What's that smell?
July 7, 2004 5:26 PM   Subscribe

Follow the blooming of the Corpseflower. The Titan opened about halfway during the course of the morning and afternoon yesterday, giving off stronger waves of odor as the day progressed. The peak odor and opening was in the early evening and by 10PM the pulses of odor became less strong. The daily progress of the Amorphophallus Titanum.
posted by jokeefe (7 comments total)
Webcam link here; scroll down.
posted by jokeefe at 5:31 PM on July 7, 2004

As of a couple of years ago, only 20 Titans had ever bloomed in the US. We've had a couple of bllows here in Seattle, see here Titan fun facts such as "also called Devil's Tongue."
posted by donovan at 6:53 PM on July 7, 2004

Important to note that it's not the largest flower in the world - it is, in fact, the largest inflorescence. </botantical nitpicking> The largest flower is over here. Both smell of rotting meat.

Very cool, though.
posted by Jimbob at 6:57 PM on July 7, 2004

Miami's Fairchild Tropical Garden has a great A. titanum site. Scroll way down for links to the garden's other documented inflorescences from 1998 and on.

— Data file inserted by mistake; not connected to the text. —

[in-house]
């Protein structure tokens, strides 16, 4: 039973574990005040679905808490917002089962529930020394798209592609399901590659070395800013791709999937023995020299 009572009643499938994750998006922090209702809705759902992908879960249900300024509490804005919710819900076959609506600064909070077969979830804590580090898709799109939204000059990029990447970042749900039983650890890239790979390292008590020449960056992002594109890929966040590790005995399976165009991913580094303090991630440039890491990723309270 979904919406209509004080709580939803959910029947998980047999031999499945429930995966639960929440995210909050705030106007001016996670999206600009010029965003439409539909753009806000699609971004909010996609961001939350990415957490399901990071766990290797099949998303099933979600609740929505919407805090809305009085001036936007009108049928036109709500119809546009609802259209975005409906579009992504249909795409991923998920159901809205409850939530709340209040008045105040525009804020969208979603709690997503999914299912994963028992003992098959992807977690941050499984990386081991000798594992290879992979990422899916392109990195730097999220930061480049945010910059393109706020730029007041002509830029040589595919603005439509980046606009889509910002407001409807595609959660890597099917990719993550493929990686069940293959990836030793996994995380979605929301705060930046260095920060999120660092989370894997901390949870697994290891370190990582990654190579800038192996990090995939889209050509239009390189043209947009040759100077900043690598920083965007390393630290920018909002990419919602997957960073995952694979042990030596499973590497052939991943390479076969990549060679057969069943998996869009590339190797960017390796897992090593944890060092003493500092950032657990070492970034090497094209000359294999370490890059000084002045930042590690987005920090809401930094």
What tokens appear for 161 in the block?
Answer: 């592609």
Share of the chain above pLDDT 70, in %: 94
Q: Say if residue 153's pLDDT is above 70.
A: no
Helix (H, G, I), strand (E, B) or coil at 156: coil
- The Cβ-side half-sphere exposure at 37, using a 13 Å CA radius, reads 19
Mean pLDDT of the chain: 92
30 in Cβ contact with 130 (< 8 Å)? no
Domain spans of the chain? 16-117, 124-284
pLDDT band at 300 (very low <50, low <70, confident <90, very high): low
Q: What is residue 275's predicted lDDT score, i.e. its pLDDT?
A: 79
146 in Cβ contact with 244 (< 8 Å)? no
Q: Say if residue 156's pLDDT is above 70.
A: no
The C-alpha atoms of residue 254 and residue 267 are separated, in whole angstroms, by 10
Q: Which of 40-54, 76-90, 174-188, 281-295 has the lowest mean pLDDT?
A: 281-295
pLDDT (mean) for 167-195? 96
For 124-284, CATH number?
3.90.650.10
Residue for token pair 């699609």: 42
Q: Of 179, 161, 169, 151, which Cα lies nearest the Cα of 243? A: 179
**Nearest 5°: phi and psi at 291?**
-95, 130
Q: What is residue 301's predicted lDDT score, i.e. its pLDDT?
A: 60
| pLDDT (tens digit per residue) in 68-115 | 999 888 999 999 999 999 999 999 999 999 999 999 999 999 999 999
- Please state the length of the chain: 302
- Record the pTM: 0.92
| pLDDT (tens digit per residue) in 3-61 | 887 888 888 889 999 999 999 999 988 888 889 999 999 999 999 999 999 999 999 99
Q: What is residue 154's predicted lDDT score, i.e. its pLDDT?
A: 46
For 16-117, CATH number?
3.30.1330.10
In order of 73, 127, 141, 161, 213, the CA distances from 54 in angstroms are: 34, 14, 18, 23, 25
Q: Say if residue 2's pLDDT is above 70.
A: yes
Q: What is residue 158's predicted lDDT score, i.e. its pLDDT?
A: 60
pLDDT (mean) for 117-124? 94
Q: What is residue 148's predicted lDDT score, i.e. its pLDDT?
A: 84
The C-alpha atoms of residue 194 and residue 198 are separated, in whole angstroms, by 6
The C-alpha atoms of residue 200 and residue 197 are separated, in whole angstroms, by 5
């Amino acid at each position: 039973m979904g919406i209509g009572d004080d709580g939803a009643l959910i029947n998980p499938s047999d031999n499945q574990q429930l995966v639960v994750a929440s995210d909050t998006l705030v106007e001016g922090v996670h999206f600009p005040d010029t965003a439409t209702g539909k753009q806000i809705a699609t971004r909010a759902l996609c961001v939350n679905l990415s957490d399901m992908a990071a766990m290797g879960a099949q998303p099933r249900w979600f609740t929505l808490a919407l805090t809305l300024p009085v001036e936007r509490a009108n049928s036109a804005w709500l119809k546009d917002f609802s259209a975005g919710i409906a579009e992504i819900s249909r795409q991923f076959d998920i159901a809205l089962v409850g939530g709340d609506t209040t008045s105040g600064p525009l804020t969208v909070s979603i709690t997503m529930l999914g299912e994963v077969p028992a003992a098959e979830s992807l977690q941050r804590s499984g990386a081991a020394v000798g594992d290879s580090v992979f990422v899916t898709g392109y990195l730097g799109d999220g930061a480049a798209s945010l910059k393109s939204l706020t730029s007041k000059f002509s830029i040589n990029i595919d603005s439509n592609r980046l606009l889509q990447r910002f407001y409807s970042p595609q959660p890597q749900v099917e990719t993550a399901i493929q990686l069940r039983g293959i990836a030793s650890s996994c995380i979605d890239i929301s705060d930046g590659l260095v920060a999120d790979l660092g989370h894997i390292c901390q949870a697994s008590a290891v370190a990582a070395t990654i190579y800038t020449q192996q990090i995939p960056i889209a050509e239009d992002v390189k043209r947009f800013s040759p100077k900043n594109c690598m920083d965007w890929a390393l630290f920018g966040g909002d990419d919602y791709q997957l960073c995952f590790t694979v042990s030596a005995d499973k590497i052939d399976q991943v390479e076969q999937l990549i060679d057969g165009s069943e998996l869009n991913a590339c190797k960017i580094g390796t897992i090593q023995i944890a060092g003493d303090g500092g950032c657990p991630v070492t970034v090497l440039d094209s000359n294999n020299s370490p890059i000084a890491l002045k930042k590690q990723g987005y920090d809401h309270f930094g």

posted by Stoatfarm at 7:07 PM on July 7, 2004

Holy fuck.

/botanical layman gaga-ness

I'm interested in why these huge monsters smell of rotting flesh, as opposed to something sweet? Both scents attract insects, but I've never encountered a garden-variety flower than stinks of rigor mortis, while both of these big fellas do. Wassup widdat?
posted by scarabic at 11:02 PM on July 7, 2004

scarabic -- My wife has two common varieties of houseplants that, at various times of the year, give off the smell of rotting meat to attract flies. Sometimes the stink if overwhelming. Once, when one of the plants as at its smelliest and my wife was out of town, I thought I'd be clever and take it outside and leave it there till the blooming was over. It took it back inside just before my wife came home. A week later, I heard a scream and ran into the kitchen. The plant which I had left outside, was dripping with maggots. While it had been outside, it had -- duh! -- attracted flies, who'd laid their eggs in it. Why the hell anyone would own a plant that smells like rotting meat, however, is beyond me.
posted by Faze at 5:31 AM on July 8, 2004

I saw the big stinky flower at the U.S. Botanic Garden last year. Oddly, it was on my way to see it that I saw the Lettuce Ladies at a House office building. Coincidence?
posted by MrMoonPie at 9:07 AM on July 8, 2004

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